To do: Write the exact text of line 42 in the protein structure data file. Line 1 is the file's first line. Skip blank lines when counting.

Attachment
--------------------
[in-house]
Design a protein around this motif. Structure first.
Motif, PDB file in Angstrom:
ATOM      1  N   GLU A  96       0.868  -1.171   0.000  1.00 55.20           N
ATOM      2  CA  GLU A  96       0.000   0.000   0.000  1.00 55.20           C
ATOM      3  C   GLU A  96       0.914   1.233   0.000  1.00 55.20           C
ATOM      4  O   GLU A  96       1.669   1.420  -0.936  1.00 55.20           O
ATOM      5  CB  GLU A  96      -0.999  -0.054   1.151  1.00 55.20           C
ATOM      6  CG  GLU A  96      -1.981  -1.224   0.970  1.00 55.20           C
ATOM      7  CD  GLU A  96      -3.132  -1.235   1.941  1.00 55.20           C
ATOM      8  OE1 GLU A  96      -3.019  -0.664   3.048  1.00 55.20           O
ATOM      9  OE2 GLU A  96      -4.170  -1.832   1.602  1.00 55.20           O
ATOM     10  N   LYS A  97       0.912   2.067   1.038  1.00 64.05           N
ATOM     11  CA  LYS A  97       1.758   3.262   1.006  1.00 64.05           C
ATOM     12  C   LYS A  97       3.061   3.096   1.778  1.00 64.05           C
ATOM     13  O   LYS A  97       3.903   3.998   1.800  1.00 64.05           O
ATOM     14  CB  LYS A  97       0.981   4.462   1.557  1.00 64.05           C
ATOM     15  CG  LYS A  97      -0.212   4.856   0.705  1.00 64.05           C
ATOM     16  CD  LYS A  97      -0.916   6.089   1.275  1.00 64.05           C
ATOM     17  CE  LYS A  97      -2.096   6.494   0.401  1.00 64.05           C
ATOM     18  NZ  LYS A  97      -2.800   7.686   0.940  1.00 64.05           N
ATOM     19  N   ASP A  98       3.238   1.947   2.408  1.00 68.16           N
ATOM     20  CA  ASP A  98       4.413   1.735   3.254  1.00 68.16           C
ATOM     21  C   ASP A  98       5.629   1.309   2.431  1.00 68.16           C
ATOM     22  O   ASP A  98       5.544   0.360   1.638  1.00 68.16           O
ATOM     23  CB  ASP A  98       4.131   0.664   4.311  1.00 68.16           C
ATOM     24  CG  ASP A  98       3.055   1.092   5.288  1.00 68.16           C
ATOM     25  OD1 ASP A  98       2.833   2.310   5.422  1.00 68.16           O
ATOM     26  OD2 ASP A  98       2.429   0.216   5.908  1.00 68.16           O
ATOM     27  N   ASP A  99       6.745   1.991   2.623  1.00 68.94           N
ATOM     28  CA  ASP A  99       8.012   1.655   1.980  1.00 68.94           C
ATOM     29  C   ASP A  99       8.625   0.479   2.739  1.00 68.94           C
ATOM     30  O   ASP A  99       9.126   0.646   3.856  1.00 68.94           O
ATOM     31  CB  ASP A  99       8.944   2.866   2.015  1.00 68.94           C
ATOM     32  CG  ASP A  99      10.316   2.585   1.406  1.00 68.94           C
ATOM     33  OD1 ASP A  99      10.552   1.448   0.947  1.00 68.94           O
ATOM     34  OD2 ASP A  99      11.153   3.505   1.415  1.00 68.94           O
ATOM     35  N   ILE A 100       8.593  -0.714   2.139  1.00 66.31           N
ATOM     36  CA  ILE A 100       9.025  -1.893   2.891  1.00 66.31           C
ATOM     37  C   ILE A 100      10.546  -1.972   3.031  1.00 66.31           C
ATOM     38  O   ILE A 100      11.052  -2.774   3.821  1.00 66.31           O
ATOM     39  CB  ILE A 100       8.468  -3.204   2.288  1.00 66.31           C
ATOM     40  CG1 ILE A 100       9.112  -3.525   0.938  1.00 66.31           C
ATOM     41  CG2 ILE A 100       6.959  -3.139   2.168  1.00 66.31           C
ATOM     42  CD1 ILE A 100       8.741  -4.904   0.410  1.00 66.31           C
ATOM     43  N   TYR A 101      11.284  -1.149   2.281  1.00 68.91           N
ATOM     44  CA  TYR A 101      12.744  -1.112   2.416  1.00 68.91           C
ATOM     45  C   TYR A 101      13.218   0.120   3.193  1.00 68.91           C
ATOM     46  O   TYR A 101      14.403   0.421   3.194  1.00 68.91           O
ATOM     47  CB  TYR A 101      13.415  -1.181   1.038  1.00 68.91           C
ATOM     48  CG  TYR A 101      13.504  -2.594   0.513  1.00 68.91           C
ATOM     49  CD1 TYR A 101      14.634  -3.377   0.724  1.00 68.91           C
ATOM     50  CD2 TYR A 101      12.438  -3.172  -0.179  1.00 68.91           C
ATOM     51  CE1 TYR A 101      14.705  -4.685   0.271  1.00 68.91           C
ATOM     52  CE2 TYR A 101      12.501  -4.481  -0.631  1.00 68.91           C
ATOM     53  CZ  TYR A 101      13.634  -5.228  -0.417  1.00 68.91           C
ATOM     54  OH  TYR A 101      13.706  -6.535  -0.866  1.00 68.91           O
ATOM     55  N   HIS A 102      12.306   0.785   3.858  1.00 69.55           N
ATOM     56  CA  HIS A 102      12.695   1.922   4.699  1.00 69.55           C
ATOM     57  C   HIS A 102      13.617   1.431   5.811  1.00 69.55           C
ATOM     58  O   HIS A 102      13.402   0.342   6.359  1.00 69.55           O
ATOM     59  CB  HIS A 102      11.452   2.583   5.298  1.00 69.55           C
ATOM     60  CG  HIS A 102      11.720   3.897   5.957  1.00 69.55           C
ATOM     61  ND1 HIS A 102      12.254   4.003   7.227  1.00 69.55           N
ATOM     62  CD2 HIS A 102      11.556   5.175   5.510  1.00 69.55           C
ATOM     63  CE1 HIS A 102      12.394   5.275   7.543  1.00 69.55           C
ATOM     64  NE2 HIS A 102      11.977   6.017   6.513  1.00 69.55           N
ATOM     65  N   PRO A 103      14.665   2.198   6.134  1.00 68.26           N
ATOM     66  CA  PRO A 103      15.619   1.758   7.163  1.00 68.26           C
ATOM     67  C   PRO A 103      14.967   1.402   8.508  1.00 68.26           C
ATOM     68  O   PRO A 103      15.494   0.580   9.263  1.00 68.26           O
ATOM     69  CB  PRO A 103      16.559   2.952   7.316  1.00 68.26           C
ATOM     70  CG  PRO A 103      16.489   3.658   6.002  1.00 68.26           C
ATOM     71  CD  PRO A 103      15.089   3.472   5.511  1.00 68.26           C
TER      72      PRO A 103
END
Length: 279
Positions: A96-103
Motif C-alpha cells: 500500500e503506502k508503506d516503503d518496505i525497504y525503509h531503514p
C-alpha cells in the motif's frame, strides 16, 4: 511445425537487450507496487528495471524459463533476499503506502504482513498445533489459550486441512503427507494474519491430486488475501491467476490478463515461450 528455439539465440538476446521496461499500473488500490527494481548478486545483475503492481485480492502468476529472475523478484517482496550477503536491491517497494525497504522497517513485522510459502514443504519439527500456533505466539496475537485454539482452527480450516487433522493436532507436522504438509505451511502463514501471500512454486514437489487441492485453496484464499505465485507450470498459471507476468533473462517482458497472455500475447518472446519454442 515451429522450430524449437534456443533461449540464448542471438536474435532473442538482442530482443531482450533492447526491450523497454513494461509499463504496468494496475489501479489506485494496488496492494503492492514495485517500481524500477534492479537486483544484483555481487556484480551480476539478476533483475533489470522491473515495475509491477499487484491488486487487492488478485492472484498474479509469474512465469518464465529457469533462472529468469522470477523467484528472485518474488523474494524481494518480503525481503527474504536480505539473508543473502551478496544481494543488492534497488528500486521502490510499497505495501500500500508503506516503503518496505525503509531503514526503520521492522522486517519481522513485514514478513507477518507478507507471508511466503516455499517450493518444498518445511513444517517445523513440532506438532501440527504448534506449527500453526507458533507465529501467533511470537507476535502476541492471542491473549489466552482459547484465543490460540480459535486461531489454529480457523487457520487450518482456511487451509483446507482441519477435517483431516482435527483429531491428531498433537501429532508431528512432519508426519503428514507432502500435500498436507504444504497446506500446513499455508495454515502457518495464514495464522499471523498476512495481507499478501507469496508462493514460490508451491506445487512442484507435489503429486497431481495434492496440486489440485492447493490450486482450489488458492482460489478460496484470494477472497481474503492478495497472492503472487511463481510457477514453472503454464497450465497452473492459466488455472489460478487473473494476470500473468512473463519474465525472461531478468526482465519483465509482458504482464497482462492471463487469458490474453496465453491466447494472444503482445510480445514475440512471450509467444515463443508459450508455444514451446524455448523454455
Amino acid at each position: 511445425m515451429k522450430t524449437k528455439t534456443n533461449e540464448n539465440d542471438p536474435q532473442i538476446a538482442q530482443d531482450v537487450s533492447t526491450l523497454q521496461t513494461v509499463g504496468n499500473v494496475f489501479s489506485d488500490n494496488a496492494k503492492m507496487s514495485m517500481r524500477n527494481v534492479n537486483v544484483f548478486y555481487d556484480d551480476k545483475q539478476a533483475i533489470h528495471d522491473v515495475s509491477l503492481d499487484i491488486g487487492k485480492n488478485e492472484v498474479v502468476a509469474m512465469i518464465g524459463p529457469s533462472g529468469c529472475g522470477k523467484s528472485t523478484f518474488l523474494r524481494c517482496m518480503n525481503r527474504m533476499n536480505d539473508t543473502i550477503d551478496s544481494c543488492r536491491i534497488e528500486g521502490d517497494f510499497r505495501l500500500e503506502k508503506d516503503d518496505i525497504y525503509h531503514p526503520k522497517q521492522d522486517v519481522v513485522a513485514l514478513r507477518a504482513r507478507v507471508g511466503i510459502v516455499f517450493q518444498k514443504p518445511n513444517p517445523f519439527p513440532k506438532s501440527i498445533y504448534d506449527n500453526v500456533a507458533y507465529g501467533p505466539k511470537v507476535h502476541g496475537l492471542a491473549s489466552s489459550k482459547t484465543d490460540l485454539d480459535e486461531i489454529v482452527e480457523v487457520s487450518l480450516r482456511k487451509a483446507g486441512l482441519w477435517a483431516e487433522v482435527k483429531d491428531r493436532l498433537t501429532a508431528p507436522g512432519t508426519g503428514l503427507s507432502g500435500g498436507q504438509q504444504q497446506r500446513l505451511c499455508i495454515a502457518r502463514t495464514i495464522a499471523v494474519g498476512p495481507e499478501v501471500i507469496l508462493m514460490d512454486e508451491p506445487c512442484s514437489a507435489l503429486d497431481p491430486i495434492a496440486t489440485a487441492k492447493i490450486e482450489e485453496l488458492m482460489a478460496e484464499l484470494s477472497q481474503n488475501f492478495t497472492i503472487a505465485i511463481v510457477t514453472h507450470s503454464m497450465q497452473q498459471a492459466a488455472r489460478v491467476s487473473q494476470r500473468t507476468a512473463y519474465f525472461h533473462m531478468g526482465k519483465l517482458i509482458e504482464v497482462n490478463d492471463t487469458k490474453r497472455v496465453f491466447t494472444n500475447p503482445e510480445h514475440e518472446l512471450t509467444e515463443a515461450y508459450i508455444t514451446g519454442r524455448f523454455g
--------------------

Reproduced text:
ATOM     39  CB  ILE A 100       8.468  -3.204   2.288  1.00 66.31           C